Costs in the Short Run • The short run is a period of time for which two conditions hold: • The firm is operating under a fixed scale (fixed factor) of production, and • Firms can neither enter nor exit an industry. • In the short run, all firms have costs that they must bear regardless of their output. These kinds of costs are called fixed costs.
Costs in the Short Run • Fixed cost is any cost that does not depend on the firm’s level of output. These costs are incurred even if the firm is producing nothing. • Variable cost is a cost that depends on the level of production chosen. Total Cost = Total Fixed + Total Variable Cost Cost
Fixed Costs • Firms have no control over fixed costs in the short run. For this reason, fixed costs are sometimes called sunk costs. • Average fixed cost (AFC) is the total fixed cost (TFC) divided by the number of units of output (q):
Short-Run Fixed Cost (Total and Average) of a Hypothetical Firm • AFC falls as output rises; a phenomenon sometimes called spreading overhead.
Variable Costs • The total variable cost curve is a graph that shows the relationship between total variable cost and the level of a firm’s output. • The total variable cost is derived from production requirements and input prices.
Derivation of Total Variable Cost Schedule from Technology and Factor Prices • The total variable cost curve shows the cost of production using the best available technique at each output level, given current factor prices. $10 $18 $24
Marginal Cost • Marginal cost (MC) is the increase in total cost that results from producing one more unit of output. • Marginal cost reflects changes in variable costs.
Derivation of Marginal Cost fromTotal Variable Cost • Marginal cost measures the additional cost of inputs required to produce each successive unit of output.
The Shape of the Marginal Cost Curve in the Short Run • The fact that in the short run every firm is constrained by some fixed input means that: • The firm faces diminishing returns to variable inputs, and • The firm has limited capacity to produce output. • As a firm approaches that capacity, it becomes increasingly costly to produce successively higher levels of output.
The Shape of the Marginal Cost Curve in the Short Run • Marginal costs ultimately increase with output in the short run.
Graphing Total Variable Costs and Marginal Costs • Total variable costs always increase with output. The marginal cost curve shows how total variable cost changes with single unit increases in total output. • Below 100 units of output, TVC increases at a decreasing rate. Beyond 100 units of output, TVC increases at an increasing rate.
Average Variable Cost • Average variable cost (AVC) is the total variable cost divided by the number of units of output. • Marginal cost is the cost of one additional unit. Average variable cost is the average variable cost per unit of all the units being produced. • Average variable cost follows marginal cost, but lags behind.
Relationship Between Average Variable Cost and Marginal Cost • When marginal cost is below average cost, average cost is declining. • When marginal cost is above average cost, average cost is increasing. • Rising marginal cost intersects average variable cost at the minimum point of AVC. • At 200 units of output, AVC is minimum, and MC = AVC.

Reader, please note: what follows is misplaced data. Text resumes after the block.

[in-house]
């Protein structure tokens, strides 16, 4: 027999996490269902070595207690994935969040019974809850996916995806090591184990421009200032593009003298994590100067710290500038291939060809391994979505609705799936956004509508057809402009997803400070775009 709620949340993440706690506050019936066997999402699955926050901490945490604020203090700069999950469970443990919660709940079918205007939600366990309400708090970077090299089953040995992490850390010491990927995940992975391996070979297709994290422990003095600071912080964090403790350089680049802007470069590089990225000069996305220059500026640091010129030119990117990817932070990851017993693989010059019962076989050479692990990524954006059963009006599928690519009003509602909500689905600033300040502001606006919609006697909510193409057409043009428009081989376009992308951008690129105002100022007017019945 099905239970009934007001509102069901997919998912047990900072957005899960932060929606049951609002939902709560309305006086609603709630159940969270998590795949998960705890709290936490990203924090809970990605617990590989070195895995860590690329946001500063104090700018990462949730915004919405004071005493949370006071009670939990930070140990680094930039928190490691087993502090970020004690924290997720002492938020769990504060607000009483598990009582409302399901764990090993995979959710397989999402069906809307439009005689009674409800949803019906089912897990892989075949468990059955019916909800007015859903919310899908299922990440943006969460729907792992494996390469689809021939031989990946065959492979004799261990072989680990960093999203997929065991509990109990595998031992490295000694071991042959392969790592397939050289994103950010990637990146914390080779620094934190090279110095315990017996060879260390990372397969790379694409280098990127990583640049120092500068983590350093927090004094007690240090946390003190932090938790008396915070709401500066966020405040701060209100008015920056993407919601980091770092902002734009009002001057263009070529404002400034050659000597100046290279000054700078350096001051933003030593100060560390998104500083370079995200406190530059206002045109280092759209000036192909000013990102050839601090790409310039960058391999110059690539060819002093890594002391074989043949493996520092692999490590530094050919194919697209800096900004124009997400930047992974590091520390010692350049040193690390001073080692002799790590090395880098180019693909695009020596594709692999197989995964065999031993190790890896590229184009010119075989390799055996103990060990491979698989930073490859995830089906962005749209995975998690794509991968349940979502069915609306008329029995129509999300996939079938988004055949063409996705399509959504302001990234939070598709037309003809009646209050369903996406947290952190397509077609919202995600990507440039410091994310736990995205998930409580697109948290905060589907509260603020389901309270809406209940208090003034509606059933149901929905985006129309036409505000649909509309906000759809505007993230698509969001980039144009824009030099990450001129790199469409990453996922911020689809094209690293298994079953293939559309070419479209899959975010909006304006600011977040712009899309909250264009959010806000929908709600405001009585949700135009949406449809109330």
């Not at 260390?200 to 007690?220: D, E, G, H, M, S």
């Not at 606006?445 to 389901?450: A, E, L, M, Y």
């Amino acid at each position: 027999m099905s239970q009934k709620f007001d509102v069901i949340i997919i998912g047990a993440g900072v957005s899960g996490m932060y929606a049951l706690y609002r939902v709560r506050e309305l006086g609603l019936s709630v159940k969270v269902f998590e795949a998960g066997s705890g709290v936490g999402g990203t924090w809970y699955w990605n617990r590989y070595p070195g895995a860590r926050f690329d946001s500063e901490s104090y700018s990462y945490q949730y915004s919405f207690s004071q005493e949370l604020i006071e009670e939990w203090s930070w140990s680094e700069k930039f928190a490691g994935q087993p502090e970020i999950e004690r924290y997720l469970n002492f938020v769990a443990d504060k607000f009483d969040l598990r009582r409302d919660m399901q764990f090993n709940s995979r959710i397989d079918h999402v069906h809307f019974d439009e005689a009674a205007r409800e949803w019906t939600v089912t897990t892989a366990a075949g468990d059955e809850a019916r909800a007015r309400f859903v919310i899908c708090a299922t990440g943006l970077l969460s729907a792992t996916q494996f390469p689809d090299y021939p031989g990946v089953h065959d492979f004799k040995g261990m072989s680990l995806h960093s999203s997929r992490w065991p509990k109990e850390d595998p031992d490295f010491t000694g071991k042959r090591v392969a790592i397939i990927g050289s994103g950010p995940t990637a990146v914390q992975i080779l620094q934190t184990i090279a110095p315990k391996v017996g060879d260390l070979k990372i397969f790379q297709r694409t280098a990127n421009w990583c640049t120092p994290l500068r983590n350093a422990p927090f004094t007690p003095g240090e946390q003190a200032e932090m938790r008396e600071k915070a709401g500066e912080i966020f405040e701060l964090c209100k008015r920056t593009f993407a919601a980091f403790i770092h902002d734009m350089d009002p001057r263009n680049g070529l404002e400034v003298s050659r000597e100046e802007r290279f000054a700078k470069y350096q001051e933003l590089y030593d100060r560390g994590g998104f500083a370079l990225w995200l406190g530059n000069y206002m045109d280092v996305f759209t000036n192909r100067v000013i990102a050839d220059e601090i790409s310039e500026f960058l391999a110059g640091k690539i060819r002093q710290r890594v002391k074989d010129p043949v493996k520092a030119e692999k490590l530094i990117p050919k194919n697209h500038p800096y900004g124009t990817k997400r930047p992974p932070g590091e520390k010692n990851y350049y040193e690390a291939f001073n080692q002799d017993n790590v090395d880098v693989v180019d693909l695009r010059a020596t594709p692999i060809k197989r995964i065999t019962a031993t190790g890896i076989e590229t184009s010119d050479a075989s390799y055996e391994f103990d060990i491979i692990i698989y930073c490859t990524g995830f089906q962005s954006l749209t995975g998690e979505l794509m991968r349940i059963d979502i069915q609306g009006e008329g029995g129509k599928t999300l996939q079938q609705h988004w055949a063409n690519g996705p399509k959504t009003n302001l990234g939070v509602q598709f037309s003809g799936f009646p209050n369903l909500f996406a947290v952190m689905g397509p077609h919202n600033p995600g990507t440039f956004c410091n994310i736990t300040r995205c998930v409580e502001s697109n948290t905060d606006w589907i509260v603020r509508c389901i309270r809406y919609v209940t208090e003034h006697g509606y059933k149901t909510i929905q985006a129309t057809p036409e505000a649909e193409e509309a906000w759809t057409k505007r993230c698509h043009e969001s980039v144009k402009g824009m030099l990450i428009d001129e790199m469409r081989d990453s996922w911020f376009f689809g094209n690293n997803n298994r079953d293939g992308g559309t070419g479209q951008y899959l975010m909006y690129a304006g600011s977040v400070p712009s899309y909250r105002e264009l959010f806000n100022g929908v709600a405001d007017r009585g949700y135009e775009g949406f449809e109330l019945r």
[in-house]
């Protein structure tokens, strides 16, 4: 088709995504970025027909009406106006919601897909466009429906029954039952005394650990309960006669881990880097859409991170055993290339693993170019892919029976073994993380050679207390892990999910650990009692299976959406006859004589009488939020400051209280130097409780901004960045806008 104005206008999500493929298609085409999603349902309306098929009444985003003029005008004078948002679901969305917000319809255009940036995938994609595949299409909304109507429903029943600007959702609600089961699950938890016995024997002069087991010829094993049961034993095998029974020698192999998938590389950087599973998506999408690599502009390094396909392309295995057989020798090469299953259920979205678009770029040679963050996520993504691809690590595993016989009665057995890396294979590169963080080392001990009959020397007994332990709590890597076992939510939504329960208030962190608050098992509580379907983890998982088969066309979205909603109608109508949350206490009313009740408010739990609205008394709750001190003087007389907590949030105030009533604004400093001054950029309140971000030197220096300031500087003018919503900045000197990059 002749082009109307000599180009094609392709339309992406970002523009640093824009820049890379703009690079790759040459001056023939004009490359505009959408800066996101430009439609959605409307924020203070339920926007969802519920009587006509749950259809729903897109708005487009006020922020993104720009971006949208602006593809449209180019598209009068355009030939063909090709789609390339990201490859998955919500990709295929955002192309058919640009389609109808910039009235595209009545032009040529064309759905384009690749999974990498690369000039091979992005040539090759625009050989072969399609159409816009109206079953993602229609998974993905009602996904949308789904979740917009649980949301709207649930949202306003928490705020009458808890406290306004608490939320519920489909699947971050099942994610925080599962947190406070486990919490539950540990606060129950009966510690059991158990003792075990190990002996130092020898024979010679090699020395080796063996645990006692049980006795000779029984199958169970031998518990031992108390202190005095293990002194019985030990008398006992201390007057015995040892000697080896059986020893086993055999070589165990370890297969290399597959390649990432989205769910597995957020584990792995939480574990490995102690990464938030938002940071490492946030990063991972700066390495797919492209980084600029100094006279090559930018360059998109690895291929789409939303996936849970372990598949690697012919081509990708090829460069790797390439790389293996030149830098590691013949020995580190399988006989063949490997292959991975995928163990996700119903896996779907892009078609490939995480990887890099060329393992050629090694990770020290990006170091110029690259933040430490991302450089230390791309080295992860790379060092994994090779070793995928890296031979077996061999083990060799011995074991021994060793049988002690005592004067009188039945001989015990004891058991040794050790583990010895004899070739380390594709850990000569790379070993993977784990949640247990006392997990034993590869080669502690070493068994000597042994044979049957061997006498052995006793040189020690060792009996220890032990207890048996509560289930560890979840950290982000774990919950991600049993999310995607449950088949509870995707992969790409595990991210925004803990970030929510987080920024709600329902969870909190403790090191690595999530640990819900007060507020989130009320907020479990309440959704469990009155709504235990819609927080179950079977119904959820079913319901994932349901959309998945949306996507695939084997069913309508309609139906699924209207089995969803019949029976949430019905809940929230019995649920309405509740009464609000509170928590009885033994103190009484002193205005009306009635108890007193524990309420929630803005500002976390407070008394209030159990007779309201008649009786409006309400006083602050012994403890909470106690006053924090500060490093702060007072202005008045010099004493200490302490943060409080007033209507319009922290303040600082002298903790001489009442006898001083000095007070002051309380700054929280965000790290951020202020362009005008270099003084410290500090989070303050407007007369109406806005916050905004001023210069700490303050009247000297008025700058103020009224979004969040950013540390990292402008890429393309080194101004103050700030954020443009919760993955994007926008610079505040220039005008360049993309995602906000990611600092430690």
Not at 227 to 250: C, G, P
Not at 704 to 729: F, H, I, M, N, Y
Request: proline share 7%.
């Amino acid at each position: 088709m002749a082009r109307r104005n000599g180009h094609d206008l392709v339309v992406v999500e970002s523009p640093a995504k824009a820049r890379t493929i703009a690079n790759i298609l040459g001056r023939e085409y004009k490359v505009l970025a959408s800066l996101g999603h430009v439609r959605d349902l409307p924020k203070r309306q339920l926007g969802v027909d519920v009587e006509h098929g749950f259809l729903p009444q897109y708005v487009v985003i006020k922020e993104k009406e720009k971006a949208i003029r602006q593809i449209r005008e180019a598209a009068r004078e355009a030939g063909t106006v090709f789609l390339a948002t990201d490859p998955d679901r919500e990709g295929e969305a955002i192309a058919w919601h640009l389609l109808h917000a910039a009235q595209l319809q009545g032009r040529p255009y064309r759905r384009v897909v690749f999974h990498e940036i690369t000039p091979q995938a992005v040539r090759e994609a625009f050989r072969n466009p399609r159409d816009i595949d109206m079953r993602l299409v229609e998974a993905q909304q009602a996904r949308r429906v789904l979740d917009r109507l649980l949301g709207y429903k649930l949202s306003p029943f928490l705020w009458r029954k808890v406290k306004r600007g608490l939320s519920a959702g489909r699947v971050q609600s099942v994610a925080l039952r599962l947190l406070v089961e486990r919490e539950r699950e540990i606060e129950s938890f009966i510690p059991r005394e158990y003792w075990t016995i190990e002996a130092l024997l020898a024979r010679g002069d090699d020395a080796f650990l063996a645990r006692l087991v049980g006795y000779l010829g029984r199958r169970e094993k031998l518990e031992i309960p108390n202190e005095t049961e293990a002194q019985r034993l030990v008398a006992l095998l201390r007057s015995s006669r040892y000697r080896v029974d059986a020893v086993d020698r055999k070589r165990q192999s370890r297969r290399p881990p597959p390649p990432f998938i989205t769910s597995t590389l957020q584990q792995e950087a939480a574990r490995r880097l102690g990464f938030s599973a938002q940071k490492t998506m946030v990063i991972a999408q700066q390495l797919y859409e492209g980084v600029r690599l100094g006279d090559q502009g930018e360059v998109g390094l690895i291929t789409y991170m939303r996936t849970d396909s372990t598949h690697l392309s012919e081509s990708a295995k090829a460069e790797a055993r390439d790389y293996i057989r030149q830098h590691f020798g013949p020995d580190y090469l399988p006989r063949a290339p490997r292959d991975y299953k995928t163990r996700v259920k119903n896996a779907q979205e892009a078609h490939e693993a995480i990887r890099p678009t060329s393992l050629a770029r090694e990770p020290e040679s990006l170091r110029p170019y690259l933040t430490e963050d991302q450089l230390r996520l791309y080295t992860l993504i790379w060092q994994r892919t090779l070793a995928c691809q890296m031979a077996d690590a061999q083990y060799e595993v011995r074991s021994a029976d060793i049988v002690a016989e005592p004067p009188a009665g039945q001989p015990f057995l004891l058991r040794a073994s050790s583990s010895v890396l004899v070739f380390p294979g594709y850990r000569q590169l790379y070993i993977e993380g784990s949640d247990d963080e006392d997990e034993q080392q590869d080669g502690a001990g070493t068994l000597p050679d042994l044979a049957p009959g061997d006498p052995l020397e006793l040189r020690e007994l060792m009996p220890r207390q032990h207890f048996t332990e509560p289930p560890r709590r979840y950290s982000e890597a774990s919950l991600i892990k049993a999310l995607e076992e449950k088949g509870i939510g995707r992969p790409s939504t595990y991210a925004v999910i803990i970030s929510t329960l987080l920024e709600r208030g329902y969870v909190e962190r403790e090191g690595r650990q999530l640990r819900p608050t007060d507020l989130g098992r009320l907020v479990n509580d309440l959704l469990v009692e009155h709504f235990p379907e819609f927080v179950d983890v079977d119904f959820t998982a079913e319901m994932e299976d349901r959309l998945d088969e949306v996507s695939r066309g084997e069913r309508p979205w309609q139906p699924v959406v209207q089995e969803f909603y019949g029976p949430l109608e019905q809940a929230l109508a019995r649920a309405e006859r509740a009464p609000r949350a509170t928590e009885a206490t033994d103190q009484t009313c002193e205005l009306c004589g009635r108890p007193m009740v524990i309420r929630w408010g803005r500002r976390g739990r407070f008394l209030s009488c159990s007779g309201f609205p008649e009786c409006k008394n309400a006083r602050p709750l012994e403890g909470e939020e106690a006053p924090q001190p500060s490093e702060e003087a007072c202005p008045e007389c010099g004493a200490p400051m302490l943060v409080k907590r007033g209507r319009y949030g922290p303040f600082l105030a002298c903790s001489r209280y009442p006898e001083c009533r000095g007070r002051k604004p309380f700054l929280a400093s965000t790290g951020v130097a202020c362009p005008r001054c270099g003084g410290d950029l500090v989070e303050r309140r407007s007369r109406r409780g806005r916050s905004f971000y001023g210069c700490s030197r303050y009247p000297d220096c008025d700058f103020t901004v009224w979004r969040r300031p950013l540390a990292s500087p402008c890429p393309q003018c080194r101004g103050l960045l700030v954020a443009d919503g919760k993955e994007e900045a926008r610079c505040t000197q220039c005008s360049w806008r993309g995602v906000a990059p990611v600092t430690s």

Total Costs • Adding TFC to TVC means adding the same amount of total fixed cost to every level of total variable cost. • Thus, the total cost curve has the same shape as the total variable cost curve; it is simply higher by an amount equal to TFC.
Average Total Cost • Average total cost (ATC) is total cost divided by the number of units of output (q). • Because AFC falls with output, an ever-declining amount is added to AVC.
Relationship Between Average Total Cost and Marginal Cost • If marginal cost is below average total cost, average total cost will decline toward marginal cost. • If marginal cost is above average total cost, average total cost will increase. • Marginal cost intersects average total cost and average variable cost curves at their minimum points.
Output Decisions: Revenues, Costs, and Profit Maximization • In the short run, a competitive firm faces a demand curve that is simply a horizontal line at the market equilibrium price.
Total Revenue (TR) andMarginal Revenue (MR) • Total revenue (TR) is the total amount that a firm takes in from the sale of its output. • Marginal revenue (MR) is the additional revenue that a firm takes in when it increases output by one additional unit. • In perfect competition, P = MR.
Comparing Costs and Revenues to Maximize Profit • The profit-maximizing level of output for all firms is the output level where MR = MC. • In perfect competition, MR = P, therefore, the profit-maximizing perfectly competitive firm will produce up to the point where the price of its output is just equal to short-run marginal cost. • The key idea here is that firms will produce as long as marginal revenue exceeds marginal cost.
The Short-Run Supply Curve • At any market price, the marginal cost curve shows the output level that maximizes profit. Thus, the marginal cost curve of a perfectly competitive profit-maximizing firm is the firm’s short-run supply curve.